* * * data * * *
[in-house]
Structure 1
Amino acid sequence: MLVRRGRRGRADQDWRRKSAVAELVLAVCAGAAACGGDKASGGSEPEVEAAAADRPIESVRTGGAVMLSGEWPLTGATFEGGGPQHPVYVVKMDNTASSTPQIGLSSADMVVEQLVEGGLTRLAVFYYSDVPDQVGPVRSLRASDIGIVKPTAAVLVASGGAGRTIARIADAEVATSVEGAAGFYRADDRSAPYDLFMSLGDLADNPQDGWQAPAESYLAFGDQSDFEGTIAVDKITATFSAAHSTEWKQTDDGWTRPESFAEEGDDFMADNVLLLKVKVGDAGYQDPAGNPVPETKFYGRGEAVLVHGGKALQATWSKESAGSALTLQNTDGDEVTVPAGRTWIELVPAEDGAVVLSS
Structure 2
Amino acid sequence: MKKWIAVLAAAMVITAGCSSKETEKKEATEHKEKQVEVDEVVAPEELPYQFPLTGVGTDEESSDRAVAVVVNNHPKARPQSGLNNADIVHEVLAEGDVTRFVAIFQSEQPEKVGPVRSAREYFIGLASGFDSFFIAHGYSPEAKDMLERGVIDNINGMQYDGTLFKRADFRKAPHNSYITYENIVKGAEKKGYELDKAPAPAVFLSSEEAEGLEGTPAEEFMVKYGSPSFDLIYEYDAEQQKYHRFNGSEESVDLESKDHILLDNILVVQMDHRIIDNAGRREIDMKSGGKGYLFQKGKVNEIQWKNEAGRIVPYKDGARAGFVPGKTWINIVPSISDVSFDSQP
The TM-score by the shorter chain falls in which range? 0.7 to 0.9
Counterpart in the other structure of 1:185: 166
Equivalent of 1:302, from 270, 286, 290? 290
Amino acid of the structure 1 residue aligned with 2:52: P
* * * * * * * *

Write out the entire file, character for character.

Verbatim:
[in-house]
Structure 1
Amino acid sequence: MLVRRGRRGRADQDWRRKSAVAELVLAVCAGAAACGGDKASGGSEPEVEAAAADRPIESVRTGGAVMLSGEWPLTGATFEGGGPQHPVYVVKMDNTASSTPQIGLSSADMVVEQLVEGGLTRLAVFYYSDVPDQVGPVRSLRASDIGIVKPTAAVLVASGGAGRTIARIADAEVATSVEGAAGFYRADDRSAPYDLFMSLGDLADNPQDGWQAPAESYLAFGDQSDFEGTIAVDKITATFSAAHSTEWKQTDDGWTRPESFAEEGDDFMADNVLLLKVKVGDAGYQDPAGNPVPETKFYGRGEAVLVHGGKALQATWSKESAGSALTLQNTDGDEVTVPAGRTWIELVPAEDGAVVLSS
Structure 2
Amino acid sequence: MKKWIAVLAAAMVITAGCSSKETEKKEATEHKEKQVEVDEVVAPEELPYQFPLTGVGTDEESSDRAVAVVVNNHPKARPQSGLNNADIVHEVLAEGDVTRFVAIFQSEQPEKVGPVRSAREYFIGLASGFDSFFIAHGYSPEAKDMLERGVIDNINGMQYDGTLFKRADFRKAPHNSYITYENIVKGAEKKGYELDKAPAPAVFLSSEEAEGLEGTPAEEFMVKYGSPSFDLIYEYDAEQQKYHRFNGSEESVDLESKDHILLDNILVVQMDHRIIDNAGRREIDMKSGGKGYLFQKGKVNEIQWKNEAGRIVPYKDGARAGFVPGKTWINIVPSISDVSFDSQP
The TM-score by the shorter chain falls in which range? 0.7 to 0.9
Counterpart in the other structure of 1:185: 166
Equivalent of 1:302, from 270, 286, 290? 290
Amino acid of the structure 1 residue aligned with 2:52: P